His kingdom gone

India needs to take a strong position in favour of Gyanendra’s exit

The most vexing question for those concerned with India’s Nepal policy is this: who is the elephant in the room? Until the controversial assassination of King Birendra and his family, it was clear that Nepal had a Maoist problem. But since that time and especially since this February’s palace coup, King Gyanendra’s policies and actions have helped radically change the problem definition — more than the Maoists, it is King Gyanendra who is hurtling Nepal towards inevitable state failure. For his brinkmanship at the Dhaka SAARC summit, he may have received a large consignment of arms from China, but in so doing, he burnt his bridges with India.

Indeed, Gyanendra’s recourse to the ‘China card’ in Dhaka could have been in anticipation of the coming together of Nepal’s democratic politicians and its Maoist rebels. It was in New Delhi that leaders of Nepal’s political parties had several rounds of discussions with the Maoists. The Indian government, along with its American and British counterparts has tacitly blessed this realignment of political forces. But the reconfiguration need not necessarily have turned out this way.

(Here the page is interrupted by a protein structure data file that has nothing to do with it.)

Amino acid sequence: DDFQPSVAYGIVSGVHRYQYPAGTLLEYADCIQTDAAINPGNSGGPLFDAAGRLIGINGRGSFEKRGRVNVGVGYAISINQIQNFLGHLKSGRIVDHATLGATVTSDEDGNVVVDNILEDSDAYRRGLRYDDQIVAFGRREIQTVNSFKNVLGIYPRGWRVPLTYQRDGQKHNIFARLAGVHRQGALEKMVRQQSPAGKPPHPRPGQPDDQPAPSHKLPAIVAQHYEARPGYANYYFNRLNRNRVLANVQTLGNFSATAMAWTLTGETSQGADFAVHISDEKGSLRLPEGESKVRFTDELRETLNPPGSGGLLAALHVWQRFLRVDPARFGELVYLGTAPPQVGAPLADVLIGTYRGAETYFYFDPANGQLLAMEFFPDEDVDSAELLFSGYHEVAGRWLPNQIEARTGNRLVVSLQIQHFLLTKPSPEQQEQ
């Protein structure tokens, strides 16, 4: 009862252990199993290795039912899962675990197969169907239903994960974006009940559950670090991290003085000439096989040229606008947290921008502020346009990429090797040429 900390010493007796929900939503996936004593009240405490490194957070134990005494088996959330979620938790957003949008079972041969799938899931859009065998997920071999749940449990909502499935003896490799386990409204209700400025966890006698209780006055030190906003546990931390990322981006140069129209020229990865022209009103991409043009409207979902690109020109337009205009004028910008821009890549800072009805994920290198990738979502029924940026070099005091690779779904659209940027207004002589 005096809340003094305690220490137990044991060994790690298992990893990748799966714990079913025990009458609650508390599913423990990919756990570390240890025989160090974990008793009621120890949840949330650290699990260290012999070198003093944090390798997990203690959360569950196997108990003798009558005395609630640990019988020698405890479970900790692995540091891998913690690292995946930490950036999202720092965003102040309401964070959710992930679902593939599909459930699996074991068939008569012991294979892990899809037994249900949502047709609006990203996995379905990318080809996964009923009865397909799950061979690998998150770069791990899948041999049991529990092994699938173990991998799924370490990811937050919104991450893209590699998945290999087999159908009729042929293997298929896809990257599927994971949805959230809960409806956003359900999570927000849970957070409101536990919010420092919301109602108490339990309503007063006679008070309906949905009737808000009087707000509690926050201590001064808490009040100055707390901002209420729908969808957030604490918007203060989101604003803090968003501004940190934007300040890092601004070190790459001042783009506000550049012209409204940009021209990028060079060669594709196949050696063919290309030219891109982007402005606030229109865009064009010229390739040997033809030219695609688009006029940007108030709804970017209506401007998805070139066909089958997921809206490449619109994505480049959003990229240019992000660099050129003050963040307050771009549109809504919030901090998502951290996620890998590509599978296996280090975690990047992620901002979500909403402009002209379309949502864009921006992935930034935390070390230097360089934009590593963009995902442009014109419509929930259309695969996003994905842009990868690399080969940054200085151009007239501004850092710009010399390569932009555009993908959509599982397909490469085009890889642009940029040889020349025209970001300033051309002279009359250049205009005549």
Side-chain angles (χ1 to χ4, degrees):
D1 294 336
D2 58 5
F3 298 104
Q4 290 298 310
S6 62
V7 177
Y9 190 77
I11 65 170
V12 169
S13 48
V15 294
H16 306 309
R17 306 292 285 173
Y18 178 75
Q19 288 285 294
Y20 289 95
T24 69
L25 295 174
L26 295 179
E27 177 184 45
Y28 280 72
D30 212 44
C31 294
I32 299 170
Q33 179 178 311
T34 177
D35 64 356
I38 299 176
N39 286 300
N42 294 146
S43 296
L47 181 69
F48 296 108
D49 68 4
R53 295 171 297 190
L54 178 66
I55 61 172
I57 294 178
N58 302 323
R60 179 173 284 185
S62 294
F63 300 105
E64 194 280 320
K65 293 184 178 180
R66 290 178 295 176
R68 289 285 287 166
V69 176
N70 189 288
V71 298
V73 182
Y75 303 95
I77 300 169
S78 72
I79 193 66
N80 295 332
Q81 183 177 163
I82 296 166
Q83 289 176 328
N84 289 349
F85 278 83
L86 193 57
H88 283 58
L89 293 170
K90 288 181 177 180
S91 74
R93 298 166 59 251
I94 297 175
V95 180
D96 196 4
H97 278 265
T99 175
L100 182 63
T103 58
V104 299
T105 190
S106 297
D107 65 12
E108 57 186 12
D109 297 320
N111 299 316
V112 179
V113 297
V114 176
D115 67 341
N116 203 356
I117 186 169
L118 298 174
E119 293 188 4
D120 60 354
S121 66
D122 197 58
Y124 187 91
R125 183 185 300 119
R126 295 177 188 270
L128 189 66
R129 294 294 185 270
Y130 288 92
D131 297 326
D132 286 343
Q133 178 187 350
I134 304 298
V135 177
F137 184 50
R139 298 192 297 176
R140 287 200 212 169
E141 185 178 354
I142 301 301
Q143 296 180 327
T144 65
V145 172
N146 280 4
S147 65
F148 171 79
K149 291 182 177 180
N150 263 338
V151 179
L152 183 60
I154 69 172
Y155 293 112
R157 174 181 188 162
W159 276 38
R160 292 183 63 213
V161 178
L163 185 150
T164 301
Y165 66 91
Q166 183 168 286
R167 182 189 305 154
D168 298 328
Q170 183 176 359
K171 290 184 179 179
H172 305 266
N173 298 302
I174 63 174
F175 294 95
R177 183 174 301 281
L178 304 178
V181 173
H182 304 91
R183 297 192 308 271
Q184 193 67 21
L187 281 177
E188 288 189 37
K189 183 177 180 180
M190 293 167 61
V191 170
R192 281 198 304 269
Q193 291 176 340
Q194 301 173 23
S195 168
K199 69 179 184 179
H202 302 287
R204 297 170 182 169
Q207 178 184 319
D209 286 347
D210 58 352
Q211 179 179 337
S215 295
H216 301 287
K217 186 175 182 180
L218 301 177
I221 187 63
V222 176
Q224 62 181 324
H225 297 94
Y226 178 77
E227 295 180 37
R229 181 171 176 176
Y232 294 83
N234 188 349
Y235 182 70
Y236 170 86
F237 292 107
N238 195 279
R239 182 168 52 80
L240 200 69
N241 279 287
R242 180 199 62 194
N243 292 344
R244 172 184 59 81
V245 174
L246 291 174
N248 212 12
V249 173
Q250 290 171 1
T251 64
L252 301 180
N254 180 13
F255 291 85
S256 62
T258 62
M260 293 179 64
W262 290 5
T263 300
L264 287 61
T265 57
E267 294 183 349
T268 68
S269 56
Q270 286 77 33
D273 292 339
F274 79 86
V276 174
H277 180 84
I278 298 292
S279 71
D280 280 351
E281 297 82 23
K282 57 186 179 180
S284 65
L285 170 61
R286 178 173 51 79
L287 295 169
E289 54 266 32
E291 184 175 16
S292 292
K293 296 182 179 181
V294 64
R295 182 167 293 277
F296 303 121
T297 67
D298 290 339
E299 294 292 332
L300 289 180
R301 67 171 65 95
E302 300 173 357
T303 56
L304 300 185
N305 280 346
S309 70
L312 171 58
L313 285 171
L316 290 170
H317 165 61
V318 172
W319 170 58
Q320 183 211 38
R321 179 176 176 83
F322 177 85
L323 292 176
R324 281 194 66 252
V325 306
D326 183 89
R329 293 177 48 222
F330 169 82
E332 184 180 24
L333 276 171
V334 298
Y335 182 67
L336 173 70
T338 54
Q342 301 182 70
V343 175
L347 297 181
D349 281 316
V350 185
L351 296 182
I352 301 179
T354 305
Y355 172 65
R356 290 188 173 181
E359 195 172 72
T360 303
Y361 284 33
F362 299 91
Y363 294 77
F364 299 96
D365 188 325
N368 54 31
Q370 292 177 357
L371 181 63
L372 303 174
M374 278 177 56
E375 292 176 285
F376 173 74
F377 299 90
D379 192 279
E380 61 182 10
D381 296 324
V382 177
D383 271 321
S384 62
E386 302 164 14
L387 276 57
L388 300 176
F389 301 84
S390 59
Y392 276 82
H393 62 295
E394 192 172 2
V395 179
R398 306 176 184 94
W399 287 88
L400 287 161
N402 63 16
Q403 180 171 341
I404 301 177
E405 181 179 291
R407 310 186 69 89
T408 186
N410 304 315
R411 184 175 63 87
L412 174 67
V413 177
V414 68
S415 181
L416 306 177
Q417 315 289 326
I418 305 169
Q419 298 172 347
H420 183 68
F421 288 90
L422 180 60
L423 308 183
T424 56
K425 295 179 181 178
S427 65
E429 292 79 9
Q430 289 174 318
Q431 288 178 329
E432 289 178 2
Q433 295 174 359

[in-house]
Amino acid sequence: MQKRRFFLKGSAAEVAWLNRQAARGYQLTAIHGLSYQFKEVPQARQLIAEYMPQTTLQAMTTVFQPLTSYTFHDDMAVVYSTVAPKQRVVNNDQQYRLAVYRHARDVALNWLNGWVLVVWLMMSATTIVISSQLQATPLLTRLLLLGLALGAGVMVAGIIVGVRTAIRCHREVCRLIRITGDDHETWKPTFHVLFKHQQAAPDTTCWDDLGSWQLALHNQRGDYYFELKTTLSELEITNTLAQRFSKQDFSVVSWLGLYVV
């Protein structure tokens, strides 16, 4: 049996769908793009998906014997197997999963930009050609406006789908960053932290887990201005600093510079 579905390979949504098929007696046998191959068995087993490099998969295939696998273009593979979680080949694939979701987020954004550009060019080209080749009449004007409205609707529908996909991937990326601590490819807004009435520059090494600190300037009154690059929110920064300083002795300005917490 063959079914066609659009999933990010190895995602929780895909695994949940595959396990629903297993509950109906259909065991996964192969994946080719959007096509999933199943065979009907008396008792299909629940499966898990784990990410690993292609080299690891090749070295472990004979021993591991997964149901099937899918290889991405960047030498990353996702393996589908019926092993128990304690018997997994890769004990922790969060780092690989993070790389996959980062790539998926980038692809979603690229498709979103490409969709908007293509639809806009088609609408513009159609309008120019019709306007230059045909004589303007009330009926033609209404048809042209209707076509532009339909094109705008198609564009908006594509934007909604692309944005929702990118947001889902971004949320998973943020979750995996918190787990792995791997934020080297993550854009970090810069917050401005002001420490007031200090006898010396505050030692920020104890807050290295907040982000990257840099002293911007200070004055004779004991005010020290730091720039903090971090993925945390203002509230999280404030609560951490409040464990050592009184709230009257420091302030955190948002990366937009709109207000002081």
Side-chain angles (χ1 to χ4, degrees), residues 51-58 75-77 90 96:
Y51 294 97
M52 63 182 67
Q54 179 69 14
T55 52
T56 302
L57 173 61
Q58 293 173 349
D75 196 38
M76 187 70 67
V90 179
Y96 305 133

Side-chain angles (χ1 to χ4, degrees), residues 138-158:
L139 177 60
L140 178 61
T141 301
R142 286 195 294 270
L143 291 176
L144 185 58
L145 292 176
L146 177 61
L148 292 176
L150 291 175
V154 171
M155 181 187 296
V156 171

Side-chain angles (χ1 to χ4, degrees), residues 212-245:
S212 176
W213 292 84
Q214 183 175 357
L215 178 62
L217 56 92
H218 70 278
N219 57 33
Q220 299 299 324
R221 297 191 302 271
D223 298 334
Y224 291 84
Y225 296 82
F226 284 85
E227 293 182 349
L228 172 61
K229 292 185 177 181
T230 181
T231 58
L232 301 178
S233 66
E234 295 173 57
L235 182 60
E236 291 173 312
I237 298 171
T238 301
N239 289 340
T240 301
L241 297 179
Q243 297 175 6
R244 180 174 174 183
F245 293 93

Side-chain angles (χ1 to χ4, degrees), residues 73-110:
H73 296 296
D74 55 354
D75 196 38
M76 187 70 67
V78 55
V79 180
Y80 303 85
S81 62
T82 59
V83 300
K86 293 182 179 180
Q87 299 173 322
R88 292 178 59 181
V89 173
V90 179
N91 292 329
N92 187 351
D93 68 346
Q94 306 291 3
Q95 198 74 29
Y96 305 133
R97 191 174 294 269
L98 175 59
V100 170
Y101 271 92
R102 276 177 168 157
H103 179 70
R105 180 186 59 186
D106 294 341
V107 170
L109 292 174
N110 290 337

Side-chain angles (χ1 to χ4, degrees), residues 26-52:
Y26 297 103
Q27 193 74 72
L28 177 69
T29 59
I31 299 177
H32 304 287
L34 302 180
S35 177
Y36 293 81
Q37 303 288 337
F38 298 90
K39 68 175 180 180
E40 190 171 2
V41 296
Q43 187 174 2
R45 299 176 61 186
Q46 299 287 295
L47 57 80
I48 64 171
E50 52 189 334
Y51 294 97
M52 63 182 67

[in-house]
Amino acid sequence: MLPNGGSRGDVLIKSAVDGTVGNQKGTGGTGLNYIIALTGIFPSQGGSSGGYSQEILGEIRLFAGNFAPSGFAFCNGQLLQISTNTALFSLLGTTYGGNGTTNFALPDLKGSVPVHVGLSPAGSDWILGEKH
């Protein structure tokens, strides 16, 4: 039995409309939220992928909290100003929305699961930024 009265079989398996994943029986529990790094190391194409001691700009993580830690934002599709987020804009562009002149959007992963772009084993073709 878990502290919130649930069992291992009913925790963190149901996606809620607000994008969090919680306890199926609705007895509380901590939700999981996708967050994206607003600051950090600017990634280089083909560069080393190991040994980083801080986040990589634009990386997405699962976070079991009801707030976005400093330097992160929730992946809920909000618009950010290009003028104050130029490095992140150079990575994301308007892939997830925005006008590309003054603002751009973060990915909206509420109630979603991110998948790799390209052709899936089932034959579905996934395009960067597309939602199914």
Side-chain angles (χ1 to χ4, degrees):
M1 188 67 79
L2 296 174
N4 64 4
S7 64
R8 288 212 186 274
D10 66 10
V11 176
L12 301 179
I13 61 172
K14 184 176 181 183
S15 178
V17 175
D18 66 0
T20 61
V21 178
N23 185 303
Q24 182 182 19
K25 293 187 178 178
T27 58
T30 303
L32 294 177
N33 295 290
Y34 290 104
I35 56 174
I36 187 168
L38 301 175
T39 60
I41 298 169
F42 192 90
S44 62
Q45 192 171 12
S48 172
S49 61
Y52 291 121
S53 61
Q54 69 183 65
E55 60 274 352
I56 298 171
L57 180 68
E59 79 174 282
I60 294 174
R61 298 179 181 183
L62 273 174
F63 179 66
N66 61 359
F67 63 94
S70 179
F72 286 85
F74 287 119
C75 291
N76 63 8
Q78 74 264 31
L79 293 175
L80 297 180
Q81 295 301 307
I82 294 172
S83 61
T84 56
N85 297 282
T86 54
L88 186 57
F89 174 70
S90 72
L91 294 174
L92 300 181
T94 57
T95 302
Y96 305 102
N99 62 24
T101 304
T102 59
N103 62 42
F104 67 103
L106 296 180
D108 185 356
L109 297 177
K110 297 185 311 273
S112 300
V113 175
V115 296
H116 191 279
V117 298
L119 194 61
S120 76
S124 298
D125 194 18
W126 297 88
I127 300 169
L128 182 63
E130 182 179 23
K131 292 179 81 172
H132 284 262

As a democracy, India naturally supports Nepal’s democratic political parties. The question that confronted India after Gyanendra’s takeover was deciding which of the other two actors — the King or the Maoists — would get along well with the democrats. By announcing a ceasefire and making overtures to the political opposition, the Maoists signaled that their readiness for a political compromise. Gyanendra, on the other hand, did little to cultivate India’s support. It was he who convinced India’s Congress-led, Communist supported government that the Maoists were, after all, the lesser of the two evils.

Having brought together the democrats and the Maoist rebels into a political formation that has called for a revival of parliament and the creation of a constituent assembly, Indian policy must now focus on ensuring that both parties, especially the Maoists, keep their promises. The Maoists have sensed a real opportunity to capture power in Nepal. Once in power though, they may find it convenient to set aside such constitutional niceties as elections and parliamentary processes. Nepal’s current civil war came about largely due to India’s unwillingness to act more strongly in the interests of Nepalese democracy. So it is all the more important for India to ensure that any future dispensation in Kathmandu does not undermine constitutional rule or threaten India’s internal security. By countenancing an arrangement that gives the Maoists far more legitimacy than they ever had, India has entered a risky compromise. Unless it can match astute political management with robust security arrangements, this compromise can go terribly wrong.